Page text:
- U.K. Consumer Prices Surges Above 3% in November
Inflation rate in the U.K. accelerated more than projected in November as rising cost of import goods and weak pound sterling continued to bolster production costs.
The consumer prices index which measures inflation rate climbed to 3.1 percent in November, up from 3 percent reported in October, the Office for National Bureau of Statistics reported on Tuesday.
According to the report, the headline inflation was driven above the expected 3 percent by the surge in cost of air fares and computer games. Suggesting that pound depreciation against the currencies of U.K. biggest trading partners has led to increase in import costs, which has filtered through other key sectors.
While the governor of the Bank of England, Mark Carney, is expected to write a letter to the Chancellor of the Exchequer, explaining why the inflation rate missed target. The leader of the pro-EU Liberal Democrat party, Vince Cable, said since the government’s Brexit approach is responsible for contin meant that the chancellor should be the one to write the central bank rather than the other way round.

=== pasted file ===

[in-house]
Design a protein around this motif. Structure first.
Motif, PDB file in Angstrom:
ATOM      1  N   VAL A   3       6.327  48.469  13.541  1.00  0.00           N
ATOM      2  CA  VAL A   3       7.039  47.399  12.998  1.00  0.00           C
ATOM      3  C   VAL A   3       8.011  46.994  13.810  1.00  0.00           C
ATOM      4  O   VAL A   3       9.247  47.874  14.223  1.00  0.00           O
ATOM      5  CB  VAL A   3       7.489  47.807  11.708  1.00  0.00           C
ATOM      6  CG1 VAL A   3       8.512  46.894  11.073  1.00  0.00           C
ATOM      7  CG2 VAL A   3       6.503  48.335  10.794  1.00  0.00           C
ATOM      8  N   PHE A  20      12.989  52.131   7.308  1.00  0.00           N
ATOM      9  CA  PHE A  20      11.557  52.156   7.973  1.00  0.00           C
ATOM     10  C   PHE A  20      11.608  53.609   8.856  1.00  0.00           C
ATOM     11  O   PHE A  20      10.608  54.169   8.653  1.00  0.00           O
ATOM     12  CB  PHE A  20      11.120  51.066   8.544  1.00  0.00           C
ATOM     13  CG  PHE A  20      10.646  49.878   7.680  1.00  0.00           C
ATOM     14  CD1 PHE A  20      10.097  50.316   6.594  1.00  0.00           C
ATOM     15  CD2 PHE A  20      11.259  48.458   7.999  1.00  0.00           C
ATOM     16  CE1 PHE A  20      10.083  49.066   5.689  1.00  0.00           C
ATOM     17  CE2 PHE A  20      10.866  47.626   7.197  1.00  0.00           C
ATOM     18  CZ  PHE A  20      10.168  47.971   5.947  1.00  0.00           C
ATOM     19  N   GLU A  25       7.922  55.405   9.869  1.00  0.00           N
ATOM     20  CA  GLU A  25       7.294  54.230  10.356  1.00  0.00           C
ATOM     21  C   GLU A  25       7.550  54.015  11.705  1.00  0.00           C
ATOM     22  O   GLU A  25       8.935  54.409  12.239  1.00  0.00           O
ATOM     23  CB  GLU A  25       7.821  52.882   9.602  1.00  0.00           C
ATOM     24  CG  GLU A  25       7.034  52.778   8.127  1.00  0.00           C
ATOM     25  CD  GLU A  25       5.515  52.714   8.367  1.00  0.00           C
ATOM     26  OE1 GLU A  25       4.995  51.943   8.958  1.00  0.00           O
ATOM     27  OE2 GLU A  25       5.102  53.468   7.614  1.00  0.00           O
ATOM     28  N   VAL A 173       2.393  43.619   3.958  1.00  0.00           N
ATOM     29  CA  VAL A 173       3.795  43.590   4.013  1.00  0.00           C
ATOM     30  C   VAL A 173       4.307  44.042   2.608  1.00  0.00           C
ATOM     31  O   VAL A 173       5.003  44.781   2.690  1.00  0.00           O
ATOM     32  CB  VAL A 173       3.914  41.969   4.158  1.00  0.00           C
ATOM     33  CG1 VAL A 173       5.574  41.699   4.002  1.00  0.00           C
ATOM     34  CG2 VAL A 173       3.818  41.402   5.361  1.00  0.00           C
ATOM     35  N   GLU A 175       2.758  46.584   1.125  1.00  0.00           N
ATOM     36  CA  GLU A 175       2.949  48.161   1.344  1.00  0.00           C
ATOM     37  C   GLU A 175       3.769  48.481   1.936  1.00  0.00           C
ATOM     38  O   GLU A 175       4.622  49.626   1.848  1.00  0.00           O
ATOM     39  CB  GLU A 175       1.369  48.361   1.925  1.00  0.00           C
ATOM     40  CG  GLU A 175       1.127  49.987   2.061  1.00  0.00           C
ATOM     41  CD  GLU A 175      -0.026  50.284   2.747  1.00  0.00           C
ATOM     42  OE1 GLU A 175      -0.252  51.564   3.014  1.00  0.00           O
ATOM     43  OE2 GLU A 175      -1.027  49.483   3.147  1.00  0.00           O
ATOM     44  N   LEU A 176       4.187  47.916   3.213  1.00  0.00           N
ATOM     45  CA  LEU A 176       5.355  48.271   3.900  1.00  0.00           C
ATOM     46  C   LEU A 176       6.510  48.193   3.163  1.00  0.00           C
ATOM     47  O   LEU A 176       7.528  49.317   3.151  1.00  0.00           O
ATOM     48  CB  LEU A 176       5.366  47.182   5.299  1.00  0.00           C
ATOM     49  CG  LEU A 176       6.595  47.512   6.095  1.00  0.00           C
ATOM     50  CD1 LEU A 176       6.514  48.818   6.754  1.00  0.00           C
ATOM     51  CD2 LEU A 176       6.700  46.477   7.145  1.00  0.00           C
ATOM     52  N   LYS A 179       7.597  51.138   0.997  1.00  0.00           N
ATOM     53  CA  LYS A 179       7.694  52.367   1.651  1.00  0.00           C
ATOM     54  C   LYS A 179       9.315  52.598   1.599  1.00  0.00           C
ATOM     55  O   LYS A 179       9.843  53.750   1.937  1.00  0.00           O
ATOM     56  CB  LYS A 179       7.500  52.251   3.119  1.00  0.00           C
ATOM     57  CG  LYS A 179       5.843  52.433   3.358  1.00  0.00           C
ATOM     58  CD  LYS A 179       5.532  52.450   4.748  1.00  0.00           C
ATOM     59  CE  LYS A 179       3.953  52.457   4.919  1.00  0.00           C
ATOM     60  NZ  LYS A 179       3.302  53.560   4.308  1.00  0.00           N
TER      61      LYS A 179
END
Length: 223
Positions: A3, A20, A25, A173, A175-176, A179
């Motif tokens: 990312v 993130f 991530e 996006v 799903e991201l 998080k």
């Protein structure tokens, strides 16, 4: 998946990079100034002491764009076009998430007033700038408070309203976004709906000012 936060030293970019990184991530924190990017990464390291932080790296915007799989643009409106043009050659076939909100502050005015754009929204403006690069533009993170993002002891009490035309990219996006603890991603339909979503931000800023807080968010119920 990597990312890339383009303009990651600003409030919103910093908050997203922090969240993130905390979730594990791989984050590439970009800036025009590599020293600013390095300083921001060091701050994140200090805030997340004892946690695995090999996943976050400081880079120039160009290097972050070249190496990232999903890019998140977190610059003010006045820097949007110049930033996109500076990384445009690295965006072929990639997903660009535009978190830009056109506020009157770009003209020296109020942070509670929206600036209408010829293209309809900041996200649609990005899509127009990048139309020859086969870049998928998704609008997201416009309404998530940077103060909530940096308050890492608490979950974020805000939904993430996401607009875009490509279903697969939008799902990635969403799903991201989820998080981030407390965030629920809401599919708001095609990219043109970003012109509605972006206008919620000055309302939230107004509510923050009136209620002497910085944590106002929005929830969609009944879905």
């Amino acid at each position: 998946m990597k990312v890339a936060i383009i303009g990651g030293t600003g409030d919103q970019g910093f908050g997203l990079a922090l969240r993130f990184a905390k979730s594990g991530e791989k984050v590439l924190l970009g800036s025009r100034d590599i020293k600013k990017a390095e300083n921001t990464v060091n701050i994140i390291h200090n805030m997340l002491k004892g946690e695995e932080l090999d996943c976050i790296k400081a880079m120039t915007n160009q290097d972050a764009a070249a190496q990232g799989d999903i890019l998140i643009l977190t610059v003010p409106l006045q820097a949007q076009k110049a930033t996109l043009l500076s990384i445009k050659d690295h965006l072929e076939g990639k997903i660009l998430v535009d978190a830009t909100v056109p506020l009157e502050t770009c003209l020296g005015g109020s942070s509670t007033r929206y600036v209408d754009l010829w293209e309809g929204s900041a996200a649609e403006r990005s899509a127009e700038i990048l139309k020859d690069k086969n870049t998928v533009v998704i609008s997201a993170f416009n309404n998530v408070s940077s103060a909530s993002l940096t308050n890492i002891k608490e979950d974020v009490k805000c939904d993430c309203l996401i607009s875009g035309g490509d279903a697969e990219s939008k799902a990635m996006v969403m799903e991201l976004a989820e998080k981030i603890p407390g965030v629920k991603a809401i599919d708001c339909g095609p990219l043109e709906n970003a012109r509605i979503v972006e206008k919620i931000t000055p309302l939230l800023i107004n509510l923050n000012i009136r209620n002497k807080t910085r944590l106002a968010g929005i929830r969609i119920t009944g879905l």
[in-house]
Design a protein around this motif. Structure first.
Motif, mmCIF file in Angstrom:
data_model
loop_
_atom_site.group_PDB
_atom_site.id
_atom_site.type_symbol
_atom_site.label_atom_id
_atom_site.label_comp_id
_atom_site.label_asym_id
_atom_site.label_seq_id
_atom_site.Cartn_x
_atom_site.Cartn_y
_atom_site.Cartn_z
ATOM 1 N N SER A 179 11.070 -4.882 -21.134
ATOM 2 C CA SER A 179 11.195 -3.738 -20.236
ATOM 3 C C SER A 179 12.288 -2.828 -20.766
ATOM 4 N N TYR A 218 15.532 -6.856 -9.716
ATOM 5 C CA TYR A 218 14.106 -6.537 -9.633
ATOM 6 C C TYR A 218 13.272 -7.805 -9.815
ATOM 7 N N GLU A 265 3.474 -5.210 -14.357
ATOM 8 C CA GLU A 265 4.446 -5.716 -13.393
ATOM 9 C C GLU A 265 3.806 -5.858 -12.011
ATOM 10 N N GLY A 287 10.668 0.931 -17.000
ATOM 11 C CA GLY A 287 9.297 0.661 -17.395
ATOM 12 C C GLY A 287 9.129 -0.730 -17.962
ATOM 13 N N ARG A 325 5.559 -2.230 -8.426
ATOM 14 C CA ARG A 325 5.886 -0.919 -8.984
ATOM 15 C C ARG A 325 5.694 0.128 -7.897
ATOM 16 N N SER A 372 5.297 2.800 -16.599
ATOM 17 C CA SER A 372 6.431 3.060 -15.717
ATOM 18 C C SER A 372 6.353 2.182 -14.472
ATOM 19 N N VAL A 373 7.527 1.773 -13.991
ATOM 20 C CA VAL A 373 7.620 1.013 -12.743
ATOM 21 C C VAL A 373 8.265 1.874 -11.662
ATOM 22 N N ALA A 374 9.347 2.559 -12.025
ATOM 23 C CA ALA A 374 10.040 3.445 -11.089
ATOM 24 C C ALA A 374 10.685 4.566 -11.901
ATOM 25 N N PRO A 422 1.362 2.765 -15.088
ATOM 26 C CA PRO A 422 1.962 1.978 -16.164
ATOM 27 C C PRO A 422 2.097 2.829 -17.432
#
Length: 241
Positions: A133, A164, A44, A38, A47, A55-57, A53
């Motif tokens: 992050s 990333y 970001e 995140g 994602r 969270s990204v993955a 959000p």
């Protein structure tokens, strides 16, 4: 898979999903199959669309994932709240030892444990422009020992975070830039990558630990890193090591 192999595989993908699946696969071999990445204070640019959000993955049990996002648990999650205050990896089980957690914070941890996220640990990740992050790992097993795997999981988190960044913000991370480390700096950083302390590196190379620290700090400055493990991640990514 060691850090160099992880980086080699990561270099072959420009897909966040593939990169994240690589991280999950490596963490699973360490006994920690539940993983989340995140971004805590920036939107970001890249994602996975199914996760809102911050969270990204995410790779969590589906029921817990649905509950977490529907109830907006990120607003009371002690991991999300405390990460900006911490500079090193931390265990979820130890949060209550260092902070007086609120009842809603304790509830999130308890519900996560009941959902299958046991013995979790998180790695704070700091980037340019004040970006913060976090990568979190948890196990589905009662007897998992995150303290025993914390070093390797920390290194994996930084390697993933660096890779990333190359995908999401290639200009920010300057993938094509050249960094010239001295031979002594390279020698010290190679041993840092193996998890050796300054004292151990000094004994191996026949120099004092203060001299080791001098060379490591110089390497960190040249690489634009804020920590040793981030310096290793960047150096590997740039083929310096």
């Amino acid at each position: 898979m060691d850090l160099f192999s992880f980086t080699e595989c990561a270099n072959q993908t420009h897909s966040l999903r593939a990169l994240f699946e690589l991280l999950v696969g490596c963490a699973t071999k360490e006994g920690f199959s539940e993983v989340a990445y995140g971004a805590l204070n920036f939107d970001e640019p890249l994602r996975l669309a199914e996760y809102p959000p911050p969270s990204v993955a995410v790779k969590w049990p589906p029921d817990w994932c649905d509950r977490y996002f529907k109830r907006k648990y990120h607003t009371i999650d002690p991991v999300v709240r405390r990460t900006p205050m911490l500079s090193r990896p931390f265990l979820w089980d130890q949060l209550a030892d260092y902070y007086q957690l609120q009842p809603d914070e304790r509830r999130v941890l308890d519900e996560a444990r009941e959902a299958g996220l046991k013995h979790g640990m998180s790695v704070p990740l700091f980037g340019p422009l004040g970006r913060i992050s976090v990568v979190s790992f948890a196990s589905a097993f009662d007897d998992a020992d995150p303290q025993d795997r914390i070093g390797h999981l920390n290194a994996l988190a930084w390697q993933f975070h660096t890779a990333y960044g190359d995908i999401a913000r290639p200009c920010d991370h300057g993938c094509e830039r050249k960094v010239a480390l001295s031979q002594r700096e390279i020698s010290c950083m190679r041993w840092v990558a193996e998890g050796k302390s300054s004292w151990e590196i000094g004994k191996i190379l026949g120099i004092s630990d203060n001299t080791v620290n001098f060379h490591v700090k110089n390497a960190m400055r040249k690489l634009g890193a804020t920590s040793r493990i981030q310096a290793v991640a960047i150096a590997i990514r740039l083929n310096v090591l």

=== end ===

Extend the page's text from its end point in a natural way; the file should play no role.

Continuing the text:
“Philip Hammond knows why inflation has risen so sharply: it is because the government is pursuing the most extreme Brexit to take us out of the single market and customs union which has continued to suppress the value of the pound and pushed up prices,” Mr Cable said.
Last month, the central bank raised interest rates for the first time in a decade to curb rising inflation and stimulate growth, however, rising inflation has failed to abate as growing Brexit and economic uncertainties continued to weigh on the pound value.
“As imported inflationary pressures wane, domestic pressures build,” the central bank said in its November inflation report, adding: “Demand is projected to grow at a pace that uses up the remaining slack in the economy.”